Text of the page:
This morning on the BBC breakfast news programme a mother was interviewed about her decision not to tell her thirteen-year-old daughter she had terminal skin cancer. She had been told that her daughter had six months to live - devastating information for anyone but to hear that for your child is the cruellest blow. The mother wanted life to continue as normally as possible for her family so she shared the diagnosis only with her own mother. Her daughter and son were able to continue their usual relationship and no concessions were made for the young girl's plight because no-one knew.
The daughter lived for almost four more years. When she was aware that her cancer had returned she wept with her mother and said, 'Mummy, I'm going to die'; her mother comforted and reassured her and a few weeks later her daughter died.
I think the mother made an extraordinarily brave and compassionate decision for the child she so dearly loved. She gave her a normal life. Shethought the diagnosis was a burden her daughter should not have been expected to bear; she could not have watched her marking off the days on the calendar if she had known the original projected time-scale.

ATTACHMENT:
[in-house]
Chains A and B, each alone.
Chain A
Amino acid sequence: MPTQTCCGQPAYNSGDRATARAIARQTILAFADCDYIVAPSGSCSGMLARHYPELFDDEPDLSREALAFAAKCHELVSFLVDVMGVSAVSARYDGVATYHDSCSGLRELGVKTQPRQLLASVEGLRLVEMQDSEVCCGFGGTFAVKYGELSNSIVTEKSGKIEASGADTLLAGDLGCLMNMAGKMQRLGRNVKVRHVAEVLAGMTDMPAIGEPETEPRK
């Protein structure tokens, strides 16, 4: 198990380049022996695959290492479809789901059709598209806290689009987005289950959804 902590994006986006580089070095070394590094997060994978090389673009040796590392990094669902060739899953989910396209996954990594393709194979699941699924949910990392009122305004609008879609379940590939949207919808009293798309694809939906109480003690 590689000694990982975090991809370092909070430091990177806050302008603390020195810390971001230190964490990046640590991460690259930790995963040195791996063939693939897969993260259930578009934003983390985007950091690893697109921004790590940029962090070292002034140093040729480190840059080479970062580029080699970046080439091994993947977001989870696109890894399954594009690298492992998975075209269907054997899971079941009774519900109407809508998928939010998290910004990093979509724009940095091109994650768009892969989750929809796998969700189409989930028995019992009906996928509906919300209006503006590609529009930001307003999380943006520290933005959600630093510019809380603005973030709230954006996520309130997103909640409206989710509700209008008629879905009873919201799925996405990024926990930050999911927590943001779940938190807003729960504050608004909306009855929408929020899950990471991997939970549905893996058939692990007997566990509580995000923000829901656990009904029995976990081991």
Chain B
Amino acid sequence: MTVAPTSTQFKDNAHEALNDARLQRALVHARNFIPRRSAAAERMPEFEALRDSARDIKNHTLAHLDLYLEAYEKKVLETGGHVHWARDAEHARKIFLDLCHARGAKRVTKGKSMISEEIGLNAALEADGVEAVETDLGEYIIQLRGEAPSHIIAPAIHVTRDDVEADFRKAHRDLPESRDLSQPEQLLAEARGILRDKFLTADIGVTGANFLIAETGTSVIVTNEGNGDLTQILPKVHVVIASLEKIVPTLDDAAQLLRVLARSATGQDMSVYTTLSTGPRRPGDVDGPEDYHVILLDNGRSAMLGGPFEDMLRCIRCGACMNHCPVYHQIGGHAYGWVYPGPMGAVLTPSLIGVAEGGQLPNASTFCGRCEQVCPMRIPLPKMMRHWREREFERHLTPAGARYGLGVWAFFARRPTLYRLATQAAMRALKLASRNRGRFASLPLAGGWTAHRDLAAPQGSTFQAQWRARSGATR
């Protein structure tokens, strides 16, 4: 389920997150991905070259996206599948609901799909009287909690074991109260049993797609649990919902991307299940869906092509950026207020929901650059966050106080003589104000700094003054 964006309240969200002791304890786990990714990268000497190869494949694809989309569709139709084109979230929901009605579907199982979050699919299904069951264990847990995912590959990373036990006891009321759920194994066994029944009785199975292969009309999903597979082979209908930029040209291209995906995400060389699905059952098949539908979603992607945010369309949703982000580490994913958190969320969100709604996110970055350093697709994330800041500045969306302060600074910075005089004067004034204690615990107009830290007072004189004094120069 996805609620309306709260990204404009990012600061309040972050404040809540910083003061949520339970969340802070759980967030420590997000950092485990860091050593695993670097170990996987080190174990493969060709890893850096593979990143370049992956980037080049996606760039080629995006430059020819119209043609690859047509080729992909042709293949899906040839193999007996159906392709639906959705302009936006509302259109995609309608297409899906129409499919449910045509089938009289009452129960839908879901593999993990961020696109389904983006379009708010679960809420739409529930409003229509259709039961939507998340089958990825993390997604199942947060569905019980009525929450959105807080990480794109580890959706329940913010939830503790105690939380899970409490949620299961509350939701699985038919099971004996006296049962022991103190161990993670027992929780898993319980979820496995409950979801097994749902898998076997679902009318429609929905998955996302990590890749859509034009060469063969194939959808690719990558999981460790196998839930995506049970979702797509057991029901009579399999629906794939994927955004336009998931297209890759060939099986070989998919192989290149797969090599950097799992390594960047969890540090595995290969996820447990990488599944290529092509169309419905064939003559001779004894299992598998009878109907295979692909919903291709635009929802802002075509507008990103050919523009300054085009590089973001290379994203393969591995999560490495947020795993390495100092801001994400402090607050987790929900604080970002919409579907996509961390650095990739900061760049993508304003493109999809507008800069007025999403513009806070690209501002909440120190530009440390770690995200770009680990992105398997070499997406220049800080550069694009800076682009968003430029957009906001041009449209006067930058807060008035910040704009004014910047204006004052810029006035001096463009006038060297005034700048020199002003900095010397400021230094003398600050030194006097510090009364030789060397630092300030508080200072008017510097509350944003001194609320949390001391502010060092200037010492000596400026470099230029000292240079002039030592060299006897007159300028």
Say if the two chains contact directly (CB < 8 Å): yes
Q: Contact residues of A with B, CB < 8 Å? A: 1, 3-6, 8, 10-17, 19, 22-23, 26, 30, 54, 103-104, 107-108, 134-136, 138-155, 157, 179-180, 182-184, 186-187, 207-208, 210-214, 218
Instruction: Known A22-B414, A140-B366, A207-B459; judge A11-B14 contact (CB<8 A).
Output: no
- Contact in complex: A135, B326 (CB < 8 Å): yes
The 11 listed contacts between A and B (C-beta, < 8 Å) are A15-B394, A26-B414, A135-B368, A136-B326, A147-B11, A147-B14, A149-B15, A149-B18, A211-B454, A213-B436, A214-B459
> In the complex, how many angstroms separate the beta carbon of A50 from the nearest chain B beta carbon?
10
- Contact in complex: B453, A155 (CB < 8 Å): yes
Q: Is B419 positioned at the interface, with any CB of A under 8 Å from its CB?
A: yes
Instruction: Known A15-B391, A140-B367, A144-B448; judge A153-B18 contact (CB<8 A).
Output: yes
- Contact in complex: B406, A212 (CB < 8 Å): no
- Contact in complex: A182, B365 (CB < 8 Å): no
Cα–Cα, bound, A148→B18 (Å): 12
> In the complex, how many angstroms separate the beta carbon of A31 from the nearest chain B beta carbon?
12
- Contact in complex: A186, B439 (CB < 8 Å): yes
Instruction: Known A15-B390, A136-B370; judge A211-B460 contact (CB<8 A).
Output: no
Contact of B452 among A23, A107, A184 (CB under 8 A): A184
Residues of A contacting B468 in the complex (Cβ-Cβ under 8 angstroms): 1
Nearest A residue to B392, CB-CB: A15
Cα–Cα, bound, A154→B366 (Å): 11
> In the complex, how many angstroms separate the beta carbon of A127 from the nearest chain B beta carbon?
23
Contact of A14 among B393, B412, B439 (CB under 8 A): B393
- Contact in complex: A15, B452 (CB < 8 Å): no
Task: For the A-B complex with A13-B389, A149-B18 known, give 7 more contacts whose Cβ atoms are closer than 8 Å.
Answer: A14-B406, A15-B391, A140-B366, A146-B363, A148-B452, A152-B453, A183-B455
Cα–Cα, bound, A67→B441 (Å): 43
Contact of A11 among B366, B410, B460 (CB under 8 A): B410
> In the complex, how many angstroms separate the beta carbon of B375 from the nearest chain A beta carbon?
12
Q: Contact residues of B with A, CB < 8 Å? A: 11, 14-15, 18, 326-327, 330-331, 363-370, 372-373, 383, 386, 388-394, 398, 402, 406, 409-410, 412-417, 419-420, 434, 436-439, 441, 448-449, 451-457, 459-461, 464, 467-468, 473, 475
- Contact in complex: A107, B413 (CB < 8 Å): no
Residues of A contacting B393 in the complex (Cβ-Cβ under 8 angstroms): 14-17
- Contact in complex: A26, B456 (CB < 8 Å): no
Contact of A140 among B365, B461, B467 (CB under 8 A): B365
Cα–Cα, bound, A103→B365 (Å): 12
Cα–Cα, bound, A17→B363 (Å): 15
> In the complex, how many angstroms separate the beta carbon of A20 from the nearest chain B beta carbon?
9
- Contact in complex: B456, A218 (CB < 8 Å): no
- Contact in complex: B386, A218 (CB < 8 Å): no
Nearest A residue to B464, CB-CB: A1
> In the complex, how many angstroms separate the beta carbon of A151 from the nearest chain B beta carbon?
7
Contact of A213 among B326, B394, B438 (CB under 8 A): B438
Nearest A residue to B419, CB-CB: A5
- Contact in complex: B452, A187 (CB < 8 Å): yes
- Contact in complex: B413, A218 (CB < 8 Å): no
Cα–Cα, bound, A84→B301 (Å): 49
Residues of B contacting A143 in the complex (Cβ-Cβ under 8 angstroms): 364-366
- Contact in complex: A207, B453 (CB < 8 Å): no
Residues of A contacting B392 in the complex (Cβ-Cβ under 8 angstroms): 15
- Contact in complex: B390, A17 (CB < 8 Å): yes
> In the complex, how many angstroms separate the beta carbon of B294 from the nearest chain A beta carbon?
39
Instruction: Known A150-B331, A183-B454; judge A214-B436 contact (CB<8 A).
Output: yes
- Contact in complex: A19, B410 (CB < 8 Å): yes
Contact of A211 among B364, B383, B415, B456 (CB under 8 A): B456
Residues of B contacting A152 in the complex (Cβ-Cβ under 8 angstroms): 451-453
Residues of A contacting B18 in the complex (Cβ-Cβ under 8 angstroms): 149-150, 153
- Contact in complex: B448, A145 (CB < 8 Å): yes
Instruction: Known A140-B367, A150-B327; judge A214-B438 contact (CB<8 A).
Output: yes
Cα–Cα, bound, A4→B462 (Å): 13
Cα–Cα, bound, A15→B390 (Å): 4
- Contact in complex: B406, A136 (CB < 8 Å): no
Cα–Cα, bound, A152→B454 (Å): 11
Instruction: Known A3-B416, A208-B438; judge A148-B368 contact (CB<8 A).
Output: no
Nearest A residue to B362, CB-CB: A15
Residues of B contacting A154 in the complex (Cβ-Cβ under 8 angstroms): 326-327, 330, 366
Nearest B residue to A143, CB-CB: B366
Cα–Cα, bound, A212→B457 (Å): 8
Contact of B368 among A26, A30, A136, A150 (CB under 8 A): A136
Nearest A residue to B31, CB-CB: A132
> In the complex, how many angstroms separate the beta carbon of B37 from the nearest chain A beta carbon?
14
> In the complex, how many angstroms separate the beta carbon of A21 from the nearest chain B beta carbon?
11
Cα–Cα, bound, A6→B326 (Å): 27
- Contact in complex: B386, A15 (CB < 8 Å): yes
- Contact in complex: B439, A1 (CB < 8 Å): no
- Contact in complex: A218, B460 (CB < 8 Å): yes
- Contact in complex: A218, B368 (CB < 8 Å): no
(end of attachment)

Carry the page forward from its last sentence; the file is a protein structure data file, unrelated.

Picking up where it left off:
Knowing that a person is desperately ill changes attitudes to them. This mother spared her daughter the awkwardness that family and friends often experience when they don't know how to react or what to say. I applaud her for her courage and steadfastness. I don't know whether I could be so brave in a similar situation.
What a wonderful mother this lady was. Such a brave and caring person. God Bless her.ReplyDelete
Thanks for commenting on my 55 today. Welcome to my blog world. I am always delighted to meet new friends when they comment or become followers on my blog and let me know they are out there.ReplyDelete
This blog is about something I had never thought about before. My initial thoughts were that it wasn't fair not to tell her, but then I thought some more. This gets the mind moving.
Thanks for this blog and again welcome.
Thank you Sylvia and PG - it certainly gives pause for thoughtReplyDelete